Some Nymphs there are, too conscious of their Face,
For Life predestin’d to the Gnomes Embrace.These swell their Prospects and exalt their Pride,

When Offers are disdain’d, and Love deny’d.
Then gay Ideas crowd the vacant Brain;
While Peers and Dukes, and all their sweeping Train,
And Garters, Stars, and Coronets appear,
And in soft Sounds, Your Grace salutes their Ear.
‘Tis these that early taint the Female Soul,
Instruct the Eyes of young Coquettes to roll,
Teach Infants Cheeks a bidden Blush to know,
And little Hearts to flutter at a Beau.

In these lines Pope mocks the women who flirts with men and let their hearts flutter from man to another while they wear the veil of modesty. There is nothing called love involved in it, its ‘coquetry’ as pope puts it, and the women are looking towards a better marriage prospect without their chastity being questioned. Men, as well, are shown as vain creatures who try to win over the woman’s heart and fight and die for that. Pope blames the society that has shaped the women and men this way which strikes a chord with me as well.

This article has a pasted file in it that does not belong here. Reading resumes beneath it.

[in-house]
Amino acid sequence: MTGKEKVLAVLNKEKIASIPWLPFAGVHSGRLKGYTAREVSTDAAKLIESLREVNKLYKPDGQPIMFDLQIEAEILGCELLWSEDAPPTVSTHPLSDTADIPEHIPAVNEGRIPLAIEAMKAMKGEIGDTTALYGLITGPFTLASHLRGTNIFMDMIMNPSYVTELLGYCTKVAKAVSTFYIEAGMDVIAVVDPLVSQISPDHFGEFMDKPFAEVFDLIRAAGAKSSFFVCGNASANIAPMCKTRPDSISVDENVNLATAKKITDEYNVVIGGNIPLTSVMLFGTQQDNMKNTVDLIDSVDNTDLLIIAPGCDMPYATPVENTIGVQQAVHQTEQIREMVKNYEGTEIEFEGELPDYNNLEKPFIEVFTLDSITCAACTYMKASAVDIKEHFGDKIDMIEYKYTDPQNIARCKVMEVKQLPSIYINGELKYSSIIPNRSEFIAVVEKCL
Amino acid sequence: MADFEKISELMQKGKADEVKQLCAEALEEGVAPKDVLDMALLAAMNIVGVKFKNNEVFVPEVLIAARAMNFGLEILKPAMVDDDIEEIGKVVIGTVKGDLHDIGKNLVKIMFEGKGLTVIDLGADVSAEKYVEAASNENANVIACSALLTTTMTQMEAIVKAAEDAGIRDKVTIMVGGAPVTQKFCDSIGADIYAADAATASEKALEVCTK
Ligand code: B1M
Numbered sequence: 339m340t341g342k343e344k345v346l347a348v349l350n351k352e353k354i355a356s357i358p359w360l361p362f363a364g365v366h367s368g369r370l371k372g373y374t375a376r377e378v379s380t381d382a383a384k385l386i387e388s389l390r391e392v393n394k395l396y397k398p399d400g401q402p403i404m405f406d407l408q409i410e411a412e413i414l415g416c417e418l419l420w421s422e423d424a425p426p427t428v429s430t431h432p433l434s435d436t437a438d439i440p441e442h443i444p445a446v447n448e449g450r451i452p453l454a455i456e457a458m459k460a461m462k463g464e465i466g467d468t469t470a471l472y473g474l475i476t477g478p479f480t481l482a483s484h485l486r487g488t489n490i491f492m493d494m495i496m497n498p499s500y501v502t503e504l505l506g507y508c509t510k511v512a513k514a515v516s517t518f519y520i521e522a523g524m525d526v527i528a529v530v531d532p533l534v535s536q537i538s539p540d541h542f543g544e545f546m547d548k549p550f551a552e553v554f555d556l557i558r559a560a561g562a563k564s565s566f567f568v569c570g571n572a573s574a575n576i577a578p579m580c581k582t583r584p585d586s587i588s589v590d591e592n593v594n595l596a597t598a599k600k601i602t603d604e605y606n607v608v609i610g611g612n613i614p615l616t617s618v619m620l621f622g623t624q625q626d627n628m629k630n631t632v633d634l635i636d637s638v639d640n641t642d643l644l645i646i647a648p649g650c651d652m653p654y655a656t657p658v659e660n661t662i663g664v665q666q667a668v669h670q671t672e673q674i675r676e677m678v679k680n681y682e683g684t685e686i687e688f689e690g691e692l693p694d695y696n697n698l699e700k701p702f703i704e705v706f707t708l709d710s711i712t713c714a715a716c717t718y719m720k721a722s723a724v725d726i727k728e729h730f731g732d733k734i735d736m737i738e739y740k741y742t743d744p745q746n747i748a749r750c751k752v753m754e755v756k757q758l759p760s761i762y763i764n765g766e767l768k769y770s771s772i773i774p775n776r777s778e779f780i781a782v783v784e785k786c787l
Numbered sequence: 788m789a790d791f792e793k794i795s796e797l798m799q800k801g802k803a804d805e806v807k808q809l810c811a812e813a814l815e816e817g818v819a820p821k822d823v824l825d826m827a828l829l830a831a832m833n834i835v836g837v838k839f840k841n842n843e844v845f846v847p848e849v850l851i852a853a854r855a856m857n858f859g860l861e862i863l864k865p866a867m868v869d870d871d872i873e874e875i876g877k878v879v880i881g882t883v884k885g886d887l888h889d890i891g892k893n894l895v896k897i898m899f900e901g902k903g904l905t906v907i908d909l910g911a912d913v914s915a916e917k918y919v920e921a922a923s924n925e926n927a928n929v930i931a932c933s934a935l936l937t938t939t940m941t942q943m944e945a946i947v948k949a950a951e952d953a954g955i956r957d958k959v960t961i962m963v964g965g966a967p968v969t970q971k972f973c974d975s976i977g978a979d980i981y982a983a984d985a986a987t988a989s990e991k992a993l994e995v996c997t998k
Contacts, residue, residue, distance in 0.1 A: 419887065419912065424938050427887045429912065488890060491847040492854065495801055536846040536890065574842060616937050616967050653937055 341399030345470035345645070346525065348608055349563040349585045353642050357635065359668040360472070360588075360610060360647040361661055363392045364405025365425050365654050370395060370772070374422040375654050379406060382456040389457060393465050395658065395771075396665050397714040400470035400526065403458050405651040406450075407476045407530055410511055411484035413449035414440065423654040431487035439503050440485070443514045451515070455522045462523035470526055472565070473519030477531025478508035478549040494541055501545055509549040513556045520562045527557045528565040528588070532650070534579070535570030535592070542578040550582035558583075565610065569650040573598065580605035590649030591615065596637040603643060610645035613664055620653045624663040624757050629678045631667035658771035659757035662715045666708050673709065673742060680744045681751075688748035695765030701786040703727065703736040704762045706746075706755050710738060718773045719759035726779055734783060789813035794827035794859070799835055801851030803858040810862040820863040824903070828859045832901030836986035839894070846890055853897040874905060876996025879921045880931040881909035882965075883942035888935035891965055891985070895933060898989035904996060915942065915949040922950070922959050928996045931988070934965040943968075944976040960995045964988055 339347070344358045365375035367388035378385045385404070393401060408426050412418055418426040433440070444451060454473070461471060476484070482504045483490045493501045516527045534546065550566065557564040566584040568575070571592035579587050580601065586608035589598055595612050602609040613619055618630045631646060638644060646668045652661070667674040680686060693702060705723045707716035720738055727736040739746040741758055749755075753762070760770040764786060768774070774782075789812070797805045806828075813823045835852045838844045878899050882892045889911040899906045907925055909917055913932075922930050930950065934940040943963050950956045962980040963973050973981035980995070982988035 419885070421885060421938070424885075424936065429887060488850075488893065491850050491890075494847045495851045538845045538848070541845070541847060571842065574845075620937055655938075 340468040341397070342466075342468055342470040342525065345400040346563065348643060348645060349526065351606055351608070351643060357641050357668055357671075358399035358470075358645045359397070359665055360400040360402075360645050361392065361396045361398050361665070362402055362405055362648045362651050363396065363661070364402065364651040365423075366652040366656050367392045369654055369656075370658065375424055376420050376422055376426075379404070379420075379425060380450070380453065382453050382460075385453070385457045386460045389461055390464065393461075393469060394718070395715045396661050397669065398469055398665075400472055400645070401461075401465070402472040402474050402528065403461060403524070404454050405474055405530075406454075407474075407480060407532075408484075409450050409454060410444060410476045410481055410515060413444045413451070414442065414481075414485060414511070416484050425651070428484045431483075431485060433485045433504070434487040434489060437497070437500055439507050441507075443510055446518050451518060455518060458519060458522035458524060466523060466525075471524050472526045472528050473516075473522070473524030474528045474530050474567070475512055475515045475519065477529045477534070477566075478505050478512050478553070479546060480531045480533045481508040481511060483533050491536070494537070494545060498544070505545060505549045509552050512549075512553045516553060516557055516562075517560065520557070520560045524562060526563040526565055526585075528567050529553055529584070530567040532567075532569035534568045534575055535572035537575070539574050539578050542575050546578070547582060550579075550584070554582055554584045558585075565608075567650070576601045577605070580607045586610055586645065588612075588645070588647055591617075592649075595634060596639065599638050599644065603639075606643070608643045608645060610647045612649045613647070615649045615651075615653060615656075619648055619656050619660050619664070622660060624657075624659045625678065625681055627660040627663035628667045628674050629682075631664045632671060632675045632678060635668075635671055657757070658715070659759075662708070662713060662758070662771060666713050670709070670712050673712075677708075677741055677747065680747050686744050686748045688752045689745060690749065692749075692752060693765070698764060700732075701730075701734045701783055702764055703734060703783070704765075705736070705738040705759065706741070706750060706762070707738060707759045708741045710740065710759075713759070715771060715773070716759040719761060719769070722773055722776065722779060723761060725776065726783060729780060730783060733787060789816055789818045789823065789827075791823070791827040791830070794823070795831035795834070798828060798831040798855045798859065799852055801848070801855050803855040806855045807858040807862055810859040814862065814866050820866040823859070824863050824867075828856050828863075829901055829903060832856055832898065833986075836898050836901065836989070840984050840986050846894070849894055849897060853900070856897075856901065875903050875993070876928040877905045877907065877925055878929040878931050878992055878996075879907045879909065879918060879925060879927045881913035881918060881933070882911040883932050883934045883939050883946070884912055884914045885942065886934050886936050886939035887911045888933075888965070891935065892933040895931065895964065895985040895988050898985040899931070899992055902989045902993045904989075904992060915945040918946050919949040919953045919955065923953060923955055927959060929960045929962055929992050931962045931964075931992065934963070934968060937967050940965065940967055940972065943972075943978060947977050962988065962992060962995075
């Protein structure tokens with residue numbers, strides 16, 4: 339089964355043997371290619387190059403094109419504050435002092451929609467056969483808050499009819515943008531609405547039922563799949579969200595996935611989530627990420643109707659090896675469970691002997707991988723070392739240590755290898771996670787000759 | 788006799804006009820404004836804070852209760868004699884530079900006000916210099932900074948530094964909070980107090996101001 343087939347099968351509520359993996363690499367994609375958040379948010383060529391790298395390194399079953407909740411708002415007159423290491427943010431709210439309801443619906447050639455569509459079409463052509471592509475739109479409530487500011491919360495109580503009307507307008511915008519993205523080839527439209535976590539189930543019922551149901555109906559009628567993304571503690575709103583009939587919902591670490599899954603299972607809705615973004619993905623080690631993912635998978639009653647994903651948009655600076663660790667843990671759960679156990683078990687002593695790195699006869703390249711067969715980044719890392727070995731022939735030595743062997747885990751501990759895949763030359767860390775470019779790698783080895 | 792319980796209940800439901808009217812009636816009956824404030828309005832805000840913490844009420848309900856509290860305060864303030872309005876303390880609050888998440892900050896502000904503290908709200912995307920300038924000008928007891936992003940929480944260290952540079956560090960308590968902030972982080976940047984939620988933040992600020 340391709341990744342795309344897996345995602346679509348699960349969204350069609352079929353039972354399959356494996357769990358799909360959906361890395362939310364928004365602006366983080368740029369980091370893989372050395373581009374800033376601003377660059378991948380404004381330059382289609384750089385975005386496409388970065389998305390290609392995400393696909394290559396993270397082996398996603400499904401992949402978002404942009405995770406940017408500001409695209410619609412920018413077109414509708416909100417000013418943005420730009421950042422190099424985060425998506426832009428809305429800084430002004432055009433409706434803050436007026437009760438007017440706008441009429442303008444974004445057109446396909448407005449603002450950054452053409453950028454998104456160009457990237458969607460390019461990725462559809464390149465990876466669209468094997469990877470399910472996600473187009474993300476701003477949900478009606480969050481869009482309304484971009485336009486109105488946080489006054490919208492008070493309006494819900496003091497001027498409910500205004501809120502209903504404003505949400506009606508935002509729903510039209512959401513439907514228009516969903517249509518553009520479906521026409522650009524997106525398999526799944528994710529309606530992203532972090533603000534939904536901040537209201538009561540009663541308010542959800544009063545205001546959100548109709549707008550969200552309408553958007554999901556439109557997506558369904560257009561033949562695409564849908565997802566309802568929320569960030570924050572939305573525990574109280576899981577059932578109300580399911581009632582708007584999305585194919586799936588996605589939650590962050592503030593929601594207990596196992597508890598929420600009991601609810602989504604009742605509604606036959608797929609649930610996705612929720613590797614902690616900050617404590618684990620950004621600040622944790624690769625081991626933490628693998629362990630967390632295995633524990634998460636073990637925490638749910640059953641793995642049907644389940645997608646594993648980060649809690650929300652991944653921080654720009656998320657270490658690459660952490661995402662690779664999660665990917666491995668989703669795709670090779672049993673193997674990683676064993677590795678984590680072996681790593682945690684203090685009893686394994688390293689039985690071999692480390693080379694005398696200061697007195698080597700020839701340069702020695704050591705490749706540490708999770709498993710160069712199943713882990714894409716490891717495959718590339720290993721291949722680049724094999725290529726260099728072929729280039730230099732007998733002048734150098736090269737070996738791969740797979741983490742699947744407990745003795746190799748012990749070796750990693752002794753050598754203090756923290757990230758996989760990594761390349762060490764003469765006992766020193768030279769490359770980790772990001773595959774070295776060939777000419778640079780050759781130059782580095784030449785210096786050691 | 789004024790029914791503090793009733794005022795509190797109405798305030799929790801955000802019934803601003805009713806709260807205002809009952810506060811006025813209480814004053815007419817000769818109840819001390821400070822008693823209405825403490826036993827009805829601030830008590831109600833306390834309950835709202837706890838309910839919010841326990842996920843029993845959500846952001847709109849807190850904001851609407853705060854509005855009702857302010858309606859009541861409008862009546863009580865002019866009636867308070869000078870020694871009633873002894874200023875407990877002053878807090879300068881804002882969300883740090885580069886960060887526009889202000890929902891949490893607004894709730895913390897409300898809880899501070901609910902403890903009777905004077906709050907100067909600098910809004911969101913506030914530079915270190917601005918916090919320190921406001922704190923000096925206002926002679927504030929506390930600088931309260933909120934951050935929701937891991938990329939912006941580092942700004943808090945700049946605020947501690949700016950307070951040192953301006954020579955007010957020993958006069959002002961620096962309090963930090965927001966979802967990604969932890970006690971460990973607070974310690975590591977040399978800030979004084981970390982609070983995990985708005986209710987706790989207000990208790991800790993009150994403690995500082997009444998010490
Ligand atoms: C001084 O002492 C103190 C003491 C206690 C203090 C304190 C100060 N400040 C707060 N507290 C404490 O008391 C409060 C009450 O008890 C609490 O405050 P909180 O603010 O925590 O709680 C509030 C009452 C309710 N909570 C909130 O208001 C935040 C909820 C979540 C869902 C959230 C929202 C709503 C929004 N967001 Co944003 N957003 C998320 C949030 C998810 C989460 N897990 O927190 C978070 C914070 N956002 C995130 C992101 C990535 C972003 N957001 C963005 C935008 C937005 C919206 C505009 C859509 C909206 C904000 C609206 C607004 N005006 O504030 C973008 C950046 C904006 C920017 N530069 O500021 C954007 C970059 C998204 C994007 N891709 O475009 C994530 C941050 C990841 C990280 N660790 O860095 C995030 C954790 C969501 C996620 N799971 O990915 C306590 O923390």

Modesty is not something that you can measure by the length of the skirt. But I do not support walking around in scoop neck t shirts that show off  and skirts that is barely a piece of scarf. But then again, that could be my narrow mindedness. It also brings me to the other extreme. All women who cover up aren’t exactly suppressed or unhappy.Way of dressing is a choice a person makes. Its not always that short equates to immodest or covered equates to suppressed. We need to see beyond that. Vulgarity is not something that can be written and expressed. A woman can wear a short skirt and look modest. Well, she can cover her up and be immodest as well. Its  the way a person projects herself with her body language and character as well.